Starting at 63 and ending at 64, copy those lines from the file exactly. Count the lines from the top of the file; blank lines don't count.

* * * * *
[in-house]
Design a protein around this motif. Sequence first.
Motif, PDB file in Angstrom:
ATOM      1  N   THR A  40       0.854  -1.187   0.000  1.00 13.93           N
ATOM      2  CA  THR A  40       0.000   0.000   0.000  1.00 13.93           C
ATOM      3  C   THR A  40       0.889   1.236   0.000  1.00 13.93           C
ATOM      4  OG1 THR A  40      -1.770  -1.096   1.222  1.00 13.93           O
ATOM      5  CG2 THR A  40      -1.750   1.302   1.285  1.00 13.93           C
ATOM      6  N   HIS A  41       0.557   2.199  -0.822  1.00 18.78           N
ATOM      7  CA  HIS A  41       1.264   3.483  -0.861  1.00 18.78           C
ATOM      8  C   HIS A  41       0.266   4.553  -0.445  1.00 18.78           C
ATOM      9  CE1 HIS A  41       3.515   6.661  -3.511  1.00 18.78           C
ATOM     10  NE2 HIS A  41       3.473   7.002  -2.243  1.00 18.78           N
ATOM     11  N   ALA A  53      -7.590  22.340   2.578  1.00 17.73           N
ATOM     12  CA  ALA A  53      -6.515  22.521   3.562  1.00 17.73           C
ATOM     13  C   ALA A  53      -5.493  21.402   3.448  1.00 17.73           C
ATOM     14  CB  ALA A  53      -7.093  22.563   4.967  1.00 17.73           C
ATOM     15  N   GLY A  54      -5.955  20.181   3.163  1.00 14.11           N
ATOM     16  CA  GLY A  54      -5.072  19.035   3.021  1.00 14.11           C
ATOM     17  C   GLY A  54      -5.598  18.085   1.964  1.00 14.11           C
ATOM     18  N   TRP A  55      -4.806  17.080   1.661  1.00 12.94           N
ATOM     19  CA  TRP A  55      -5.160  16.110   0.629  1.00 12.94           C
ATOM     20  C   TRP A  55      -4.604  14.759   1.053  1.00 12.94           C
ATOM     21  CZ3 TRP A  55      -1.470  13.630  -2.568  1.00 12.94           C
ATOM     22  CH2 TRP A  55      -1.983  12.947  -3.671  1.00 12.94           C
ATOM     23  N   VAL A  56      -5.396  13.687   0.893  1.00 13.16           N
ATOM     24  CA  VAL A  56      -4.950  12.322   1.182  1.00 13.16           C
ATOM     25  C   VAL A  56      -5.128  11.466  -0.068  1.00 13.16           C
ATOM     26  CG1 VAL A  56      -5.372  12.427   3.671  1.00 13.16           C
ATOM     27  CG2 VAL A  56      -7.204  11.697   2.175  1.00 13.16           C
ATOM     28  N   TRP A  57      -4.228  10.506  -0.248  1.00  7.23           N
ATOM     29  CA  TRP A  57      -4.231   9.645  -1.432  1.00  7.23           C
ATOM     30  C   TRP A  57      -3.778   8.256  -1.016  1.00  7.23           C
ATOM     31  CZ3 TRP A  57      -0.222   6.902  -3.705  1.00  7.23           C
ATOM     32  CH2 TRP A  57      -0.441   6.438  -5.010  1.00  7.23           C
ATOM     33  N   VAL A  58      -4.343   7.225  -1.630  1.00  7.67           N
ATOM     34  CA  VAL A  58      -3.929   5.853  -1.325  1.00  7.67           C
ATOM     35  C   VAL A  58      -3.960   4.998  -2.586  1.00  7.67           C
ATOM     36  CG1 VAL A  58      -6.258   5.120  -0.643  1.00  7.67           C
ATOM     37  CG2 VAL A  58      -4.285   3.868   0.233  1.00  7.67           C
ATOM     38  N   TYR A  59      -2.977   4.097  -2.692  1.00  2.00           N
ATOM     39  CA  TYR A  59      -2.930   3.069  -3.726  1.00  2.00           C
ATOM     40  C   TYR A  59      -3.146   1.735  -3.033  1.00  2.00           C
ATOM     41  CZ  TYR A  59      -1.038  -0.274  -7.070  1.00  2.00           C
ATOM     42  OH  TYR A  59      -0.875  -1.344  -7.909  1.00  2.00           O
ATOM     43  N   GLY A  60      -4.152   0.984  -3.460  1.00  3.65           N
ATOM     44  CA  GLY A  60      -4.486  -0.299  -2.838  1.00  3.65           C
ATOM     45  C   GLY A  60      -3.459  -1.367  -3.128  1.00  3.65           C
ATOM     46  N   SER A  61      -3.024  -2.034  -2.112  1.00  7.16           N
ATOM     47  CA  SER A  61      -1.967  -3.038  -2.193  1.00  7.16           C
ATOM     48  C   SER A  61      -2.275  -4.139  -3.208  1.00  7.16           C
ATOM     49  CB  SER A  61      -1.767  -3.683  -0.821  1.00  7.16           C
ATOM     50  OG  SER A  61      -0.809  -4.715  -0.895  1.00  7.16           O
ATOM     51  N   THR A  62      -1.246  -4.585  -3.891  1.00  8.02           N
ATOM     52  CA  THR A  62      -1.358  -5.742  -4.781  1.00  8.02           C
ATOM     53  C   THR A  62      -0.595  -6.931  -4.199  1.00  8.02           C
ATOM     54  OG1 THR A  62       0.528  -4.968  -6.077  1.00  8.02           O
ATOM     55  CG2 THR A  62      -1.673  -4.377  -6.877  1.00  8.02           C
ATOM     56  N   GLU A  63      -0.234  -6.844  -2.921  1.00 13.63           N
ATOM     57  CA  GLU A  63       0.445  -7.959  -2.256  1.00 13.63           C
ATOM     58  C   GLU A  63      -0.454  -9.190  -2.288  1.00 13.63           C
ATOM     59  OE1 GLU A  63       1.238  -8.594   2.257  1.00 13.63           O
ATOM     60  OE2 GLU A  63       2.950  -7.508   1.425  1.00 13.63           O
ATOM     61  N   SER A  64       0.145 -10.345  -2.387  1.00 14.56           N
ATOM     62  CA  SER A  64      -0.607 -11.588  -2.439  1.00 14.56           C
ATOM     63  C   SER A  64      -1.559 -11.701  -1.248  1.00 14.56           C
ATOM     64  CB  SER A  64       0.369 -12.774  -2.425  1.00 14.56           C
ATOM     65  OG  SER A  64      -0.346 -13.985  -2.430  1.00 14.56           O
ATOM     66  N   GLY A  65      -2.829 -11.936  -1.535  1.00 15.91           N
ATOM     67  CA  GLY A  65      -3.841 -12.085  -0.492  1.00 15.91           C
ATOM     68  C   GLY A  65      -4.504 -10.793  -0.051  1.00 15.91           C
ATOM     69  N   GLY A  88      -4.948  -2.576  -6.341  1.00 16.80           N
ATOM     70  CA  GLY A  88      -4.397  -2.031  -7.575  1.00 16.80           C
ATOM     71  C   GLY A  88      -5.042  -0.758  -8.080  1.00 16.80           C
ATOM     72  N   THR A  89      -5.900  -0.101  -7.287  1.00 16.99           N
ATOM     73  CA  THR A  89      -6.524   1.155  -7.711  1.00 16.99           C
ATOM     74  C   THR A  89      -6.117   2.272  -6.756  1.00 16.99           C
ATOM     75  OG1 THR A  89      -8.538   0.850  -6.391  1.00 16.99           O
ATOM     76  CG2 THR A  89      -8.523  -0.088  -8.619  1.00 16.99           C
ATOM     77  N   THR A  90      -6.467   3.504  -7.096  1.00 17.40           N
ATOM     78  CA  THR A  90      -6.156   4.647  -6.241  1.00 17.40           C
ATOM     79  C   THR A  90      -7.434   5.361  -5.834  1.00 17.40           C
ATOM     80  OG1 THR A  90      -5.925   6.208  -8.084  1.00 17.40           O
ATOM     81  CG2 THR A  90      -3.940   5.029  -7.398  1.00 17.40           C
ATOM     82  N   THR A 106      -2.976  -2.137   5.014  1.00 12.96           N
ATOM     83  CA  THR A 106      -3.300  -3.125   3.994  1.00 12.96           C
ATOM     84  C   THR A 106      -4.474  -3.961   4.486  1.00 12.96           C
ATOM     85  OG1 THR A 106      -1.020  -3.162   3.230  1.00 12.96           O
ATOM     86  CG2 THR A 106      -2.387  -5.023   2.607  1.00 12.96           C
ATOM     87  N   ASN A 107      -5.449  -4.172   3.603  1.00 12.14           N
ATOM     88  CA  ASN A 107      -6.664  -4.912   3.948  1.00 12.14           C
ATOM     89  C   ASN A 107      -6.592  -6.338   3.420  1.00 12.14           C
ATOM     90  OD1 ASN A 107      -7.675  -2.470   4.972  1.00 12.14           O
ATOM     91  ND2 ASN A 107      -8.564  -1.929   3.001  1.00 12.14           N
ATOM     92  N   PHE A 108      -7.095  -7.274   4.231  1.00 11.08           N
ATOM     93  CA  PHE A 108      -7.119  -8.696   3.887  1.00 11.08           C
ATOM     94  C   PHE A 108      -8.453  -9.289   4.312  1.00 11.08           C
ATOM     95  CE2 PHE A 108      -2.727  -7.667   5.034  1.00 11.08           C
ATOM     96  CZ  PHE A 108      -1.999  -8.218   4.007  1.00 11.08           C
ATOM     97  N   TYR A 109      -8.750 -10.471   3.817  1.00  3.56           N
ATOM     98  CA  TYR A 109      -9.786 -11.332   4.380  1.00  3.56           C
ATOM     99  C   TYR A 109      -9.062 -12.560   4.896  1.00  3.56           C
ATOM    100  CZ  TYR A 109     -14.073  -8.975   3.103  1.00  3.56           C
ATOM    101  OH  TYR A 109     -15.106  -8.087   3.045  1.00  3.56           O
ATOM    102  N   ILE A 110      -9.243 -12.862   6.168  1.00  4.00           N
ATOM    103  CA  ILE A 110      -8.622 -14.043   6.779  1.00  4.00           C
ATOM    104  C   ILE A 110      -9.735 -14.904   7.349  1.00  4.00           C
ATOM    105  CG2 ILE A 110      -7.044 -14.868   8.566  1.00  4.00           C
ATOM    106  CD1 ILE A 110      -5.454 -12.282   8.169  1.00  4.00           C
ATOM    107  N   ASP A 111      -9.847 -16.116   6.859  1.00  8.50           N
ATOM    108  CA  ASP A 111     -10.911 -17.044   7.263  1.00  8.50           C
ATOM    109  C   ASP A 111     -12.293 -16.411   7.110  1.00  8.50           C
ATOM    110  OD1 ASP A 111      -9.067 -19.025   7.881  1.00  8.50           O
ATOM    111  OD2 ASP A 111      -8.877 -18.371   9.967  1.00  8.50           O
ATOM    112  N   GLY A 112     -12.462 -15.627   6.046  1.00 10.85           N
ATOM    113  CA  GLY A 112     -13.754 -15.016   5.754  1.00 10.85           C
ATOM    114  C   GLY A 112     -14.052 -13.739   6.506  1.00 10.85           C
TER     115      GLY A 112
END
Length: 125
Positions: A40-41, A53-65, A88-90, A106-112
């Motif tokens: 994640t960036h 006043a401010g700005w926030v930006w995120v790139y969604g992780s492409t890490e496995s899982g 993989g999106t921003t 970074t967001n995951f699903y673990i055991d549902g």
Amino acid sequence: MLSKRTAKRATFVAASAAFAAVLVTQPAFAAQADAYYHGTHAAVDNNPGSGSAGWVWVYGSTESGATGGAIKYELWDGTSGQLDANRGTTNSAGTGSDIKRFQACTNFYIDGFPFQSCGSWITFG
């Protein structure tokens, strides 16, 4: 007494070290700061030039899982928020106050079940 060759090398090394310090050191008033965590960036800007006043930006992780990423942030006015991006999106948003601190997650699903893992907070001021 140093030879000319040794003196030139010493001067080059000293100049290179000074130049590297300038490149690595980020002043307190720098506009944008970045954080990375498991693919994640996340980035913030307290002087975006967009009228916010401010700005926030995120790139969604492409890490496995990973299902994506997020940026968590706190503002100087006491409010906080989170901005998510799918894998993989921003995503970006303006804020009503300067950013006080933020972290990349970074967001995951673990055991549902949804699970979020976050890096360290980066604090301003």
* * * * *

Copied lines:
ATOM     60  OE2 GLU A  63       2.950  -7.508   1.425  1.00 13.63           O
ATOM     61  N   SER A  64       0.145 -10.345  -2.387  1.00 14.56           N